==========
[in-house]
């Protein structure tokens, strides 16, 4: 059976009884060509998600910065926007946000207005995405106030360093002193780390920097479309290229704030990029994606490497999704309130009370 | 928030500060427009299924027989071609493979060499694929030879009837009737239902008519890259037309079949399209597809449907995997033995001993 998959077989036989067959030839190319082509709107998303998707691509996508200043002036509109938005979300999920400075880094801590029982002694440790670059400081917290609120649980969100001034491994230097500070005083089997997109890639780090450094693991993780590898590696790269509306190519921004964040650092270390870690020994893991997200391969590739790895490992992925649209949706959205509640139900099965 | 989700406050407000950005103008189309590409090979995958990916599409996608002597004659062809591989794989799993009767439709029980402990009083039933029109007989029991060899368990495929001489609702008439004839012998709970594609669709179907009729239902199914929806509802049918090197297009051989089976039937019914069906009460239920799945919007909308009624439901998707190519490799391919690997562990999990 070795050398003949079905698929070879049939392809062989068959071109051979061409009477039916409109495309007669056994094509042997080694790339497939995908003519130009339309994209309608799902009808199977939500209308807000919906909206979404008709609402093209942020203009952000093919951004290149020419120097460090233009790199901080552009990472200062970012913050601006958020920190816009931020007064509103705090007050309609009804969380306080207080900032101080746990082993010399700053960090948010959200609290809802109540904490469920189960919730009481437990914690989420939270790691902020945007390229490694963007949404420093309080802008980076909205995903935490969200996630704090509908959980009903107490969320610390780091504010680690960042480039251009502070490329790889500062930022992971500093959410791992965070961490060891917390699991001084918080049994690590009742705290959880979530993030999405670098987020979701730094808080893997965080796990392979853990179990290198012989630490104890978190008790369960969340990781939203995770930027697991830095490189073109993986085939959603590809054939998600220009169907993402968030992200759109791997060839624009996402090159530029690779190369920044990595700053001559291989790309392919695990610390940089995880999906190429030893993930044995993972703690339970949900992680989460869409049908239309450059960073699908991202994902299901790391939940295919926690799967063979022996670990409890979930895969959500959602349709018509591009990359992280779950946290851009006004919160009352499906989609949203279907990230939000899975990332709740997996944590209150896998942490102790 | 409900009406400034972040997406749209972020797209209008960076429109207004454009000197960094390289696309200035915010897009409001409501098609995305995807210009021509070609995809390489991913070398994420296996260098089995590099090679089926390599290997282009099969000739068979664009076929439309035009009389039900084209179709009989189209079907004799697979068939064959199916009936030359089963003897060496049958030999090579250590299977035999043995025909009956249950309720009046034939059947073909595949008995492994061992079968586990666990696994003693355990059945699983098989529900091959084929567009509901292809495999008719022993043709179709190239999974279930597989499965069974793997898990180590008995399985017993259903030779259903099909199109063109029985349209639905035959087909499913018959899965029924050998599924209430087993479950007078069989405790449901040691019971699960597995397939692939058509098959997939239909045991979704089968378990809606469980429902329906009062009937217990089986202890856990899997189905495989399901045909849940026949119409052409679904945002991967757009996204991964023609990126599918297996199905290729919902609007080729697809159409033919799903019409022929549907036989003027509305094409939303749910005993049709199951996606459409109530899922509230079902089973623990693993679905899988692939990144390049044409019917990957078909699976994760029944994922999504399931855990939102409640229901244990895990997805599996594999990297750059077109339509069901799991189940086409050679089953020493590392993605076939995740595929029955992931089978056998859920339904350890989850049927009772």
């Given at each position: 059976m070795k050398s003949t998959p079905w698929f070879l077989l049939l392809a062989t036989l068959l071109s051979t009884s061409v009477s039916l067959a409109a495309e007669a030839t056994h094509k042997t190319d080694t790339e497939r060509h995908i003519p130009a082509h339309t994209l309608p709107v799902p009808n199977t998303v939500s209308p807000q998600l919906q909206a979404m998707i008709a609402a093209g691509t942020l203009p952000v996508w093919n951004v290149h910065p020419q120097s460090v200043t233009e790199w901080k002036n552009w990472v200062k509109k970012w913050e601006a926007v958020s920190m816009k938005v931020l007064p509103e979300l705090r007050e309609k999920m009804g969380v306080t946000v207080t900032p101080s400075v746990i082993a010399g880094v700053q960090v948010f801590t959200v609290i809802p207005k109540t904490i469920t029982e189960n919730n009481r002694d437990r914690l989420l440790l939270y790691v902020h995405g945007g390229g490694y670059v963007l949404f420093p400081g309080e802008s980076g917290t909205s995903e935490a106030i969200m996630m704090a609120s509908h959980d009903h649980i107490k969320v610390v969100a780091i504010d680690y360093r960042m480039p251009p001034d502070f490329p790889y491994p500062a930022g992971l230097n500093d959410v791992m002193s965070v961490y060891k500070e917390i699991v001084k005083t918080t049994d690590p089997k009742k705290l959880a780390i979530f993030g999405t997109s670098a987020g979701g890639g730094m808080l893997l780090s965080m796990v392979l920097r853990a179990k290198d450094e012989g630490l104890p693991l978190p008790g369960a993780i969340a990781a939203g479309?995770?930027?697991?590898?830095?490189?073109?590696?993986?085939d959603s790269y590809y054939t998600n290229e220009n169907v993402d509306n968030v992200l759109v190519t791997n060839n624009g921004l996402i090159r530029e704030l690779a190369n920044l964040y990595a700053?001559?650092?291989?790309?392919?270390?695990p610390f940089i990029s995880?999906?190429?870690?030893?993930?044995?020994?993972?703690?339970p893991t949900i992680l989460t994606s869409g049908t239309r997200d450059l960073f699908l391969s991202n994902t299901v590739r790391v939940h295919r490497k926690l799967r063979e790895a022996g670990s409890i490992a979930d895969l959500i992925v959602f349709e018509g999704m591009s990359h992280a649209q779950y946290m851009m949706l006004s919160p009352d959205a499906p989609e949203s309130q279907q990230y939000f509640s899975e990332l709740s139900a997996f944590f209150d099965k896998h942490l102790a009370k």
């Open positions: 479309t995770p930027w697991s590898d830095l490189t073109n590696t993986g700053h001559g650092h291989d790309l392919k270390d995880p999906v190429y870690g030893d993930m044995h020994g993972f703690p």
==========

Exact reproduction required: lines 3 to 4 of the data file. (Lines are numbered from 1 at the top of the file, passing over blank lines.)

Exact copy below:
């Given at each position: 059976m070795k050398s003949t998959p079905w698929f070879l077989l049939l392809a062989t036989l068959l071109s051979t009884s061409v009477s039916l067959a409109a495309e007669a030839t056994h094509k042997t190319d080694t790339e497939r060509h995908i003519p130009a082509h339309t994209l309608p709107v799902p009808n199977t998303v939500s209308p807000q998600l919906q909206a979404m998707i008709a609402a093209g691509t942020l203009p952000v996508w093919n951004v290149h910065p020419q120097s460090v200043t233009e790199w901080k002036n552009w990472v200062k509109k970012w913050e601006a926007v958020s920190m816009k938005v931020l007064p509103e979300l705090r007050e309609k999920m009804g969380v306080t946000v207080t900032p101080s400075v746990i082993a010399g880094v700053q960090v948010f801590t959200v609290i809802p207005k109540t904490i469920t029982e189960n919730n009481r002694d437990r914690l989420l440790l939270y790691v902020h995405g945007g390229g490694y670059v963007l949404f420093p400081g309080e802008s980076g917290t909205s995903e935490a106030i969200m996630m704090a609120s509908h959980d009903h649980i107490k969320v610390v969100a780091i504010d680690y360093r960042m480039p251009p001034d502070f490329p790889y491994p500062a930022g992971l230097n500093d959410v791992m002193s965070v961490y060891k500070e917390i699991v001084k005083t918080t049994d690590p089997k009742k705290l959880a780390i979530f993030g999405t997109s670098a987020g979701g890639g730094m808080l893997l780090s965080m796990v392979l920097r853990a179990k290198d450094e012989g630490l104890p693991l978190p008790g369960a993780i969340a990781a939203g479309?995770?930027?697991?590898?830095?490189?073109?590696?993986?085939d959603s790269y590809y054939t998600n290229e220009n169907v993402d509306n968030v992200l759109v190519t791997n060839n624009g921004l996402i090159r530029e704030l690779a190369n920044l964040y990595a700053?001559?650092?291989?790309?392919?270390?695990p610390f940089i990029s995880?999906?190429?870690?030893?993930?044995?020994?993972?703690?339970p893991t949900i992680l989460t994606s869409g049908t239309r997200d450059l960073f699908l391969s991202n994902t299901v590739r790391v939940h295919r490497k926690l799967r063979e790895a022996g670990s409890i490992a979930d895969l959500i992925v959602f349709e018509g999704m591009s990359h992280a649209q779950y946290m851009m949706l006004s919160p009352d959205a499906p989609e949203s309130q279907q990230y939000f509640s899975e990332l709740s139900a997996f944590f209150d099965k896998h942490l102790a009370k």
């Open positions: 479309t995770p930027w697991s590898d830095l490189t073109n590696t993986g700053h001559g650092h291989d790309l392919k270390d995880p999906v190429y870690g030893d993930m044995h020994g993972f703690p």